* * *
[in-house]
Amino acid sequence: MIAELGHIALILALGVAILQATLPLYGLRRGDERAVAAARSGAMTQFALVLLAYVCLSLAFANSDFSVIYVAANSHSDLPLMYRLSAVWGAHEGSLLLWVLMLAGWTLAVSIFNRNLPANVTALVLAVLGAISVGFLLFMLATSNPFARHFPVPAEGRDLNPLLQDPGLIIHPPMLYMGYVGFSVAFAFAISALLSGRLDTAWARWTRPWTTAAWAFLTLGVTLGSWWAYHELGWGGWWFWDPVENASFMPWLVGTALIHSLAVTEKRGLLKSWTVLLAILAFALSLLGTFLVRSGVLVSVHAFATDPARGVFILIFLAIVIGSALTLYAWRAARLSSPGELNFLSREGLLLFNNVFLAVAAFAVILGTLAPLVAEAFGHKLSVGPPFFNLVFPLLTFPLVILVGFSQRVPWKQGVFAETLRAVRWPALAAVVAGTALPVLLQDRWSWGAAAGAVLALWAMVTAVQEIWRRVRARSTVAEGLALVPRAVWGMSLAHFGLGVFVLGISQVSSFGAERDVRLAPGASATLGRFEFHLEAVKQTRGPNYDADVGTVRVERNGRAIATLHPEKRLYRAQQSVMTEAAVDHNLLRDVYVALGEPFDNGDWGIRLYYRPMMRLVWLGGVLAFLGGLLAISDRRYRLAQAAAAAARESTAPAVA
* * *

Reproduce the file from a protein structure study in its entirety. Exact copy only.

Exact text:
[in-house]
Amino acid sequence: MIAELGHIALILALGVAILQATLPLYGLRRGDERAVAAARSGAMTQFALVLLAYVCLSLAFANSDFSVIYVAANSHSDLPLMYRLSAVWGAHEGSLLLWVLMLAGWTLAVSIFNRNLPANVTALVLAVLGAISVGFLLFMLATSNPFARHFPVPAEGRDLNPLLQDPGLIIHPPMLYMGYVGFSVAFAFAISALLSGRLDTAWARWTRPWTTAAWAFLTLGVTLGSWWAYHELGWGGWWFWDPVENASFMPWLVGTALIHSLAVTEKRGLLKSWTVLLAILAFALSLLGTFLVRSGVLVSVHAFATDPARGVFILIFLAIVIGSALTLYAWRAARLSSPGELNFLSREGLLLFNNVFLAVAAFAVILGTLAPLVAEAFGHKLSVGPPFFNLVFPLLTFPLVILVGFSQRVPWKQGVFAETLRAVRWPALAAVVAGTALPVLLQDRWSWGAAAGAVLALWAMVTAVQEIWRRVRARSTVAEGLALVPRAVWGMSLAHFGLGVFVLGISQVSSFGAERDVRLAPGASATLGRFEFHLEAVKQTRGPNYDADVGTVRVERNGRAIATLHPEKRLYRAQQSVMTEAAVDHNLLRDVYVALGEPFDNGDWGIRLYYRPMMRLVWLGGVLAFLGGLLAISDRRYRLAQAAAAAARESTAPAVA